She considered replacing the wall-hung kitchen sink, but ultimately decided against it, reasoning a new sink and cabinet would be costly and wouldn’t add much benefit. “I saw an old ad from the ’20s that showed a woman sitting on a stool at the sink,” she says, so she bought a stool-height aluminum chair. “I don’t actually sit at the sink, but I wanted to be able to.”
A final pleasant surprise was the discovery of the original dining-room chandelier in the attic. Though a couple of parts were missing, visits to local vintage lighting shops made it whole, allowing it to shine again. Now restored to its rightful place over the dining-room table, it coordinates beautifully with the original matching wall sconces above the living-room fireplace.
Making a House a Home
During the first four years of home ownership, Sonja had a housemate to help with expenses. With both bedrooms occupied, a television sat in the living room, and her computer, occupied the dining room.
“I hated having these beautiful rooms marred by an ugly TV and a computer” she says. So when she was able to afford the mortgage payments herself, her housemate moved out and Sonja moved the electronics to the back bedroom. She set up the main rooms to her liking, outfitting them with carefully chosen furniture, pottery, textiles and artwork.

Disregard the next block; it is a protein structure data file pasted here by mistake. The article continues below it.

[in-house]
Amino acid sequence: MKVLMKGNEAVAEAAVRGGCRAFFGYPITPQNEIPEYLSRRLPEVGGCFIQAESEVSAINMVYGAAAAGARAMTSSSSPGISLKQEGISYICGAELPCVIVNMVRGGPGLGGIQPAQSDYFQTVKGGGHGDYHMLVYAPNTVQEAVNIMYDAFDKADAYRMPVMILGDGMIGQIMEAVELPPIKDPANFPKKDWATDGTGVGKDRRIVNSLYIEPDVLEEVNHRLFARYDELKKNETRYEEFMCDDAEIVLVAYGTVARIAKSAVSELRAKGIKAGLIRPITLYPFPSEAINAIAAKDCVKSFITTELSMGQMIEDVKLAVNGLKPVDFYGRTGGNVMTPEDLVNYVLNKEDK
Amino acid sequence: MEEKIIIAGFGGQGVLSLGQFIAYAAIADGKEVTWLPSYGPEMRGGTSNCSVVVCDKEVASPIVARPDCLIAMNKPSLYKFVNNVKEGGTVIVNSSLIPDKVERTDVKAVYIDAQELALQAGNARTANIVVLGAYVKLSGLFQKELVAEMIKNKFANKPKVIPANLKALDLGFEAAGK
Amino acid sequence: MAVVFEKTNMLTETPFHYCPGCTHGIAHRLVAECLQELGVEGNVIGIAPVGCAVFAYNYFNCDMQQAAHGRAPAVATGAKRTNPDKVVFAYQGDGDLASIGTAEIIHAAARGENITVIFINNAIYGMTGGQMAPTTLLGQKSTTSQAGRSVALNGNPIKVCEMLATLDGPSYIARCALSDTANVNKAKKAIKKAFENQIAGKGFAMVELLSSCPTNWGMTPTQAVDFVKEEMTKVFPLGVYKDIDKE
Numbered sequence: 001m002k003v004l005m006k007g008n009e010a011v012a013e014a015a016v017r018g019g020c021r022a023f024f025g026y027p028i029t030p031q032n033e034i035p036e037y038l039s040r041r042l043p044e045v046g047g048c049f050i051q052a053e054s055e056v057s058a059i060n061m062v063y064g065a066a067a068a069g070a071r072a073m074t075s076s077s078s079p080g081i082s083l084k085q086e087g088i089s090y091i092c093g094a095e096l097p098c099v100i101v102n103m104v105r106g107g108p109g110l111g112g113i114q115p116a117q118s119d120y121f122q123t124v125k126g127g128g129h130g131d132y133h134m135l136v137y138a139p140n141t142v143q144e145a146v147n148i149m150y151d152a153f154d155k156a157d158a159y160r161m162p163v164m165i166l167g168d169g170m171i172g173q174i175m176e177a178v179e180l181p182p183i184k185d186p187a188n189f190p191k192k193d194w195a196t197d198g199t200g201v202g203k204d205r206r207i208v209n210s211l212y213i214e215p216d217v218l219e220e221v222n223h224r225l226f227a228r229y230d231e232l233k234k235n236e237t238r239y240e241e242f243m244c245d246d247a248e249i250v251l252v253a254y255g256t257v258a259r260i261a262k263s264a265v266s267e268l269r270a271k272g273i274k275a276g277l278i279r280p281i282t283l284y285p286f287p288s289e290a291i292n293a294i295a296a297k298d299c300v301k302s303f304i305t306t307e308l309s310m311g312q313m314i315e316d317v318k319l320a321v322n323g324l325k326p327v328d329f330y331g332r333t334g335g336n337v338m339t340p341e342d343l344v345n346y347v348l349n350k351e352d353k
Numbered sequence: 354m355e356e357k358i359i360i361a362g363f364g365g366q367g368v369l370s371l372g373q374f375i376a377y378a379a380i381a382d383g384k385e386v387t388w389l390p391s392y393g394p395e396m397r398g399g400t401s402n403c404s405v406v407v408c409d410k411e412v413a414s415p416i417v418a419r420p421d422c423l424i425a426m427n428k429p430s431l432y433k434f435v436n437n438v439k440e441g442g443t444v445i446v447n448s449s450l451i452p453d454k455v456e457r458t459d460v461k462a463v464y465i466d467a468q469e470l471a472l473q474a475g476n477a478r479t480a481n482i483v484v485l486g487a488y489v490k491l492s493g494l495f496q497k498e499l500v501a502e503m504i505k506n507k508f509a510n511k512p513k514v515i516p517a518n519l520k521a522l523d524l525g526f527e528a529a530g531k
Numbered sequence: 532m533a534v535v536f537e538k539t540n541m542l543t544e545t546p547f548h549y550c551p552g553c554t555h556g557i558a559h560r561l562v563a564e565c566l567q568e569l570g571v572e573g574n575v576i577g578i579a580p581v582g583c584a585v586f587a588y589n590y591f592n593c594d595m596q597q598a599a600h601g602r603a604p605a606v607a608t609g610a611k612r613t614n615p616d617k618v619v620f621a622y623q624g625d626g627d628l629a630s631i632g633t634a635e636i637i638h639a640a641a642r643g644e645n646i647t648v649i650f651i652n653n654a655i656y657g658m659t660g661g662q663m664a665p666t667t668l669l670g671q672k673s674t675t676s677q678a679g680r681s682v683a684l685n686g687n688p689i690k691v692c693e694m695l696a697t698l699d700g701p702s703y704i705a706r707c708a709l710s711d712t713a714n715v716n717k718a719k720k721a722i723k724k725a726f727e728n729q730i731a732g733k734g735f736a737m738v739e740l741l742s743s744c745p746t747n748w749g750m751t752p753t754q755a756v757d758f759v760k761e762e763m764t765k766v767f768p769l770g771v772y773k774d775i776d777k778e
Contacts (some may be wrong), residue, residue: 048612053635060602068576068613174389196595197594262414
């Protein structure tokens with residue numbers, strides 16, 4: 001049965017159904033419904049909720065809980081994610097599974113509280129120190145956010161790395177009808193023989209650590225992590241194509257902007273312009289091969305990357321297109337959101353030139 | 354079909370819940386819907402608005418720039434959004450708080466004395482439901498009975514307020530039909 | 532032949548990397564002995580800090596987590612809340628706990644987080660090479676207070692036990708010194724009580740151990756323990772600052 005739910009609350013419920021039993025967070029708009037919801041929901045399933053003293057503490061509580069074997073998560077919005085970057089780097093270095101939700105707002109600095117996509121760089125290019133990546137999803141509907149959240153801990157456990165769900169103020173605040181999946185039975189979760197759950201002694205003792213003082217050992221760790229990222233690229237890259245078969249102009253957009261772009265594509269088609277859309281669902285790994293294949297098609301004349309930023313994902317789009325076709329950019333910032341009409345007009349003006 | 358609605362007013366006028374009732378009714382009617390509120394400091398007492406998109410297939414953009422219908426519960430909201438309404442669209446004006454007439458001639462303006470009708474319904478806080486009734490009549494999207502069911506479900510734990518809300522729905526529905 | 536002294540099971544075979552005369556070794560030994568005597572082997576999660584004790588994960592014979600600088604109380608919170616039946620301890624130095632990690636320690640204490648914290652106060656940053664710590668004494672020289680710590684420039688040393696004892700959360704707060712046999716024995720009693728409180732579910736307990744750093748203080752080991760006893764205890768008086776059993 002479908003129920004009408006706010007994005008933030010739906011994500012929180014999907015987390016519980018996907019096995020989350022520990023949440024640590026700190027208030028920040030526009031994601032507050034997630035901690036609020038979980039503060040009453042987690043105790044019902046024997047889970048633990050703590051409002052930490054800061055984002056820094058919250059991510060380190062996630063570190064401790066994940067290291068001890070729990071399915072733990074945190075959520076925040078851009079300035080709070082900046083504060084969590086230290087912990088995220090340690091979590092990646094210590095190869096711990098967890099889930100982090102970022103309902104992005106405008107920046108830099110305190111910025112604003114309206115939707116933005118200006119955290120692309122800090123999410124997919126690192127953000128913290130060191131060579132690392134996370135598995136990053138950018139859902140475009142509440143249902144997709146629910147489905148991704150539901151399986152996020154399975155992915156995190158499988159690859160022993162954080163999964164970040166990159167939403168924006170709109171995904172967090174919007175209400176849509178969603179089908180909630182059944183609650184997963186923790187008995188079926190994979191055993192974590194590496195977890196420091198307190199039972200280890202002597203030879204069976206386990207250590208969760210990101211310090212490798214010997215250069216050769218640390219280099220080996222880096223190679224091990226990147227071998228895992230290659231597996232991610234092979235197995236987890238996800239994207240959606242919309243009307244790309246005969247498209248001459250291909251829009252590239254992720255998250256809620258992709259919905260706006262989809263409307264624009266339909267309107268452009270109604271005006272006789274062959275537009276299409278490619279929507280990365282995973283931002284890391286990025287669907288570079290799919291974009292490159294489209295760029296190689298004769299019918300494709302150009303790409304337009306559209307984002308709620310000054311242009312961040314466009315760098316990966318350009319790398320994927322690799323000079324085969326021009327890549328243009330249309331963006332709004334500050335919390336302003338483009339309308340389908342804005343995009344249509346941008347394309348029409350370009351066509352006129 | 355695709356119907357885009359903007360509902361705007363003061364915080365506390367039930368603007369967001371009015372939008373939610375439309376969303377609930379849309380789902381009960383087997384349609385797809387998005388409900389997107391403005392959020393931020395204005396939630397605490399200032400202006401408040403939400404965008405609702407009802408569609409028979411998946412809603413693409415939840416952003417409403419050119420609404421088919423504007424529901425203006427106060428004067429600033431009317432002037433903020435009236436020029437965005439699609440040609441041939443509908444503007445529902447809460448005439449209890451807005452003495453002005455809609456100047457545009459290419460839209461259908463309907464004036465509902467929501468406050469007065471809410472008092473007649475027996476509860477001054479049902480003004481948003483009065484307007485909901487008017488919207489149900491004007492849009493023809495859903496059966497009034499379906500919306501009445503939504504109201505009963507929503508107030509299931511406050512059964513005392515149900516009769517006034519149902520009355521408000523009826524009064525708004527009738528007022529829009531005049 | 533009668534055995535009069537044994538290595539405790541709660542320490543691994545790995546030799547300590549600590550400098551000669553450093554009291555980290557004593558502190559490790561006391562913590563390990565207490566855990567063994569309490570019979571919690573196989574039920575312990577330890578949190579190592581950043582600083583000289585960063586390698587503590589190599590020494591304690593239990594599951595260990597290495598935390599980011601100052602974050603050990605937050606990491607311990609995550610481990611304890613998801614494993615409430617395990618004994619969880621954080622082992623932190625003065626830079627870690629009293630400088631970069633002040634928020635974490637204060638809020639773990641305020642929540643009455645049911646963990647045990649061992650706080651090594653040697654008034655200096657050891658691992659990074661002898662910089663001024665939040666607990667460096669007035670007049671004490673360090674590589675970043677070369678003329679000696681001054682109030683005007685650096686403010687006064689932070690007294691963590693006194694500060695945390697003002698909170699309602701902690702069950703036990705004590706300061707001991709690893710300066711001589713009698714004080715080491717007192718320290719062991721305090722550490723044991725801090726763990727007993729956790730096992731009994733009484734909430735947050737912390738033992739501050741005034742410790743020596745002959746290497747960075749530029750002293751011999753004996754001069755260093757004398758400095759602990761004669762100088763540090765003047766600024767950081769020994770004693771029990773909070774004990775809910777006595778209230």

Though not expensive, each piece she selected has beauty and meaning for her. The doilies in the dining room that bear embroidered olive branches were purchased during a vacation in Greece; a group of handmade art tiles are by a local tilemaker named Pooka Ness, whom she helps with her website. She refinished several pieces of oak furniture herself, and after taking classes at a local business, made matching stained-glass inserts for the windows on either side of the fireplace.
Bungalows Should Have Pianos
Among the bungalows many original details are brass light switches and plates.Sonja, an amateur musician, plays violin in a community orchestra, and in her spare time dabbles on the vintage 1913 Estey upright piano in her living room, which was previously owned by Boston musician Marcia Feldman.
“Bungalows should have pianos,” she insists. Pianos were certainly common in bungalows. Anyone who has visited an antiques shop has seen stacks of sheet music, most of it published during the bungalow’s heyday in the nineteen-teens and -twenties.
She points out that many bungalows in Minneapolis and St. Paul have “piano windows”—a row of three square windows set high on a living-room wall, leaving just enough space beneath for an upright. Though her bungalow was built with a fireplace instead of the signature windows, she made room for her cherished piano on the opposite wall.
The Perfect House
Happy as she is with her house, Sonja admits she was hesitant to have it photographed for publication. “Before I saw the photographs, I thought I’d be embarrassed about my bungalow compared to the others you see in American Bungalow,” she says. “They’re so spectacular.” She breathed a little easier after seeing her home through the camera’s lens.
“These houses are perfect for young people,” she contends. “They’re small, they’re affordable.” She still peruses house listings online and sees an ample number of charming local bungalows, many with original elements still intact. “You can get all these great features, and they’re still under $200,000.”